Just for a change, the first Report of 2021 is not being made by our Chairman, but by me, the Secretary!
The year does seem to have kicked-off in a more positive way regarding the Covid virus, and at the time of writing I guess many of our Members will already have had their initial anti-virus jab. I am still waiting to hear when mine will be due, but being in the Group Five category it would seem the end of February is the most likely time.
Currently our first Open Meeting of the year is scheduled for March 5th, but that is really not looking viable now and although I have not yet cancelled it, the prospect of it going ahead is virtually nil. It is sad as I was so pleased to have got some great speakers with interesting topics booked well ahead; as is so necessary now as demand outstrips supply, only to now be cancelling them one by one due to the Covid restrictions. However, I will be re-booking Robert Hesketh for March 2023, so do please stick with us!
Nothing much else for me to report on, but I am sure you will all join me in wishing Alan and Joyce Podger well for the future, as they are very shortly leaving the Village of Marldon and moving down into Preston. Both have been staunch supporters of our MLHG (along with other village groups too), and I hope they will continue to attend our meetings in the future, once we are up and running again. In fact, they must carry on with their memberships, as only Alan knows the recipe for his famous Mulled Wine, always served and enjoyed by all at our Christmas Open Meetings!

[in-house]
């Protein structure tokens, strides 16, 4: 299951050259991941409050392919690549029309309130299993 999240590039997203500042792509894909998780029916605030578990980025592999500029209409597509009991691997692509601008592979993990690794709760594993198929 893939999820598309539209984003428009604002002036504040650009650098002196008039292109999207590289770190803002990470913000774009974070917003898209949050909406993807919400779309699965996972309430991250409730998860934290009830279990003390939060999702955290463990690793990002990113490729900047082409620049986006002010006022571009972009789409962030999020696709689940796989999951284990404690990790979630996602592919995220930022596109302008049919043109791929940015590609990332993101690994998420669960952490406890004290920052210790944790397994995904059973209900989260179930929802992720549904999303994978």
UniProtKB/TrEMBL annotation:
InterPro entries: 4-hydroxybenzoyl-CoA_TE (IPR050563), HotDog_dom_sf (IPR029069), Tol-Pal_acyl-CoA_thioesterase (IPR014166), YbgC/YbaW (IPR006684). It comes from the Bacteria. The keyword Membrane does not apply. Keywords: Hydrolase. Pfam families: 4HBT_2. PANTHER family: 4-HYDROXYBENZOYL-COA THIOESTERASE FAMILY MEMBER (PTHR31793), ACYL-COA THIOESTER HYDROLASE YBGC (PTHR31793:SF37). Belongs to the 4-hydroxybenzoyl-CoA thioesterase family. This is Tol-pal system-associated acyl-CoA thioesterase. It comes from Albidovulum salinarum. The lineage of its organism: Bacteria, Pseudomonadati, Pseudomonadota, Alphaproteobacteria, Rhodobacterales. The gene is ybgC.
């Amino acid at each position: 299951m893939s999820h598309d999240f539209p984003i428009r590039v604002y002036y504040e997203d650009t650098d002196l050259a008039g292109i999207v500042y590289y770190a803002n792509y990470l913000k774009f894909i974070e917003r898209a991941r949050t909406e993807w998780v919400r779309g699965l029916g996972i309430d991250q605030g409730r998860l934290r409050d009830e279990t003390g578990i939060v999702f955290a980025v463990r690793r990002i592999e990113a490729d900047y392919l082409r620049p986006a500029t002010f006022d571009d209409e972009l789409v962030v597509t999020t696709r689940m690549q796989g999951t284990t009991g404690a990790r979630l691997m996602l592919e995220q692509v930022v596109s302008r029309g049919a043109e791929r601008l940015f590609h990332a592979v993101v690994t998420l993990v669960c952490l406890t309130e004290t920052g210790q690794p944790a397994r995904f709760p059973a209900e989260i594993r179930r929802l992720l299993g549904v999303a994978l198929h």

Stay safe everyone.
Derek Hore .. Secretary/Treasurer
Thank you for your updates much appreciated!
I just watched a Channel 5 programme on The Great Plague of 1665. Somewhat relevant at these times.
It got me wondering whether you had any evidence of the village of Marldon suffering from the Plague at that time?
All the best
Stephen Fox email@example.com 07710191033
Thank you Stephen – I will have to ask our Chairman if we have any info on that, I’ll get back to you.
From Chairman Tony:
Thanks for your comments about our piece on the plague and Marldon. In my research for the piece I did not come across many references to other villages affected, and none this far West.
As you may recall, the general consensus was that Ports which traded with London were the most likely carriers for the disease.